Thank you, Mr. Speaker. Mr. Speaker, the federal government has owned one-third of the Norman Wells oilfield since 1921. Since 1998, the federal government has collected approximately $1.069 billion in profits from Sahtu oil and $174 million in royalties. Imperial Oil profits are twice as much, Mr. Speaker. The federal government also collects taxes on this revenue.
Mr. Speaker, at the same time, the Sahtu region has the second highest percentage of households in core need. People are leaving their homes or people are not getting homes because they can’t find jobs or the cost of living is too high. I can’t imagine what life would be like in my region if those billions of dollars were not being sucked away; or, as we put it, we got the raw deal.
Mr. Speaker, a 1985 document called the NWT Oil and Gas Royalty Regime was tabled in the Legislative Assembly when the Norman Wells oilfield started to be developed. That documented stated: “if the GNWT may be soon receiving, collecting and even setting royalties...” I’d like to know the definition of “soon,” Mr. Speaker. Twice, Mr. Speaker, 25 years later, Mr. Speaker, we have no royalty regime, no revenue-sharing agreements, while the gas flows to Zama, Alberta. Really, the pipeline flows into the pockets of oil tycoons and coffers in Ottawa.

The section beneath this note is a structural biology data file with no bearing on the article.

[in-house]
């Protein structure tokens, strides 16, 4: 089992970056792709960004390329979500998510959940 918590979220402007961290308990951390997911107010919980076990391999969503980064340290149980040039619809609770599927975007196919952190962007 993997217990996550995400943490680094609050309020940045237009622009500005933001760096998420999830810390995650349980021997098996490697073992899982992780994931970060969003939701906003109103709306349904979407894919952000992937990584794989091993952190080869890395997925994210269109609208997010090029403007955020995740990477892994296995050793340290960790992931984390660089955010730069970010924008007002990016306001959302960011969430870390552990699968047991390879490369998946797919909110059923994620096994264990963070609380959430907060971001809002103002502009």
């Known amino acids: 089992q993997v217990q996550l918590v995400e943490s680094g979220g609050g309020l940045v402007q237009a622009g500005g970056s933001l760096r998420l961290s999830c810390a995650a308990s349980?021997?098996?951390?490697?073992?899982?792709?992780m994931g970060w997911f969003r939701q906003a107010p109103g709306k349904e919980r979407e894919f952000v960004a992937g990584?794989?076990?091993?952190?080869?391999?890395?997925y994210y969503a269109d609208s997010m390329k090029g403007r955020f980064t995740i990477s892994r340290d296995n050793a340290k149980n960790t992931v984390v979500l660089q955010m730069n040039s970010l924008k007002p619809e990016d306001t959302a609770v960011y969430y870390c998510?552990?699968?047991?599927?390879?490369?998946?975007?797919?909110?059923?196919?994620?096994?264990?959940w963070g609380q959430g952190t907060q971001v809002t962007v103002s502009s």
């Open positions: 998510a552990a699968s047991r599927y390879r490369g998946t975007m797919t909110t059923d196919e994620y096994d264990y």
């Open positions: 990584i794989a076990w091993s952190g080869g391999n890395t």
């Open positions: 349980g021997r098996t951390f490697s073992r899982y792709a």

Mr. Speaker, 25 years later this government is preparing a response to recommendations of a report on another major oil and gas development, a
development that makes the Norman Wells oilfield look tiny in comparison. Yes, we are negotiating impact agreements; yes, we have signed a socioeconomic agreement, but the benefits of the Mackenzie Gas Pipeline will be peanuts in comparison to the profits that are made by southern companies and the federal government.
The Minister has already said that the GNWT will not be negotiating an equity share. We are not making any visual progress on devolution. Mr. Speaker, once again the people of the Sahtu may be watching more profits and more opportunities go by. That’s $1.6 billion collected by the federal government since 1998 that could have been ours had the federal government been more assertive in negotiating a fair deal when the gas started to flow in 1998. If I had $125 million I would be the federal government walking away from the profits made from the oil in the Sahtu in a single year.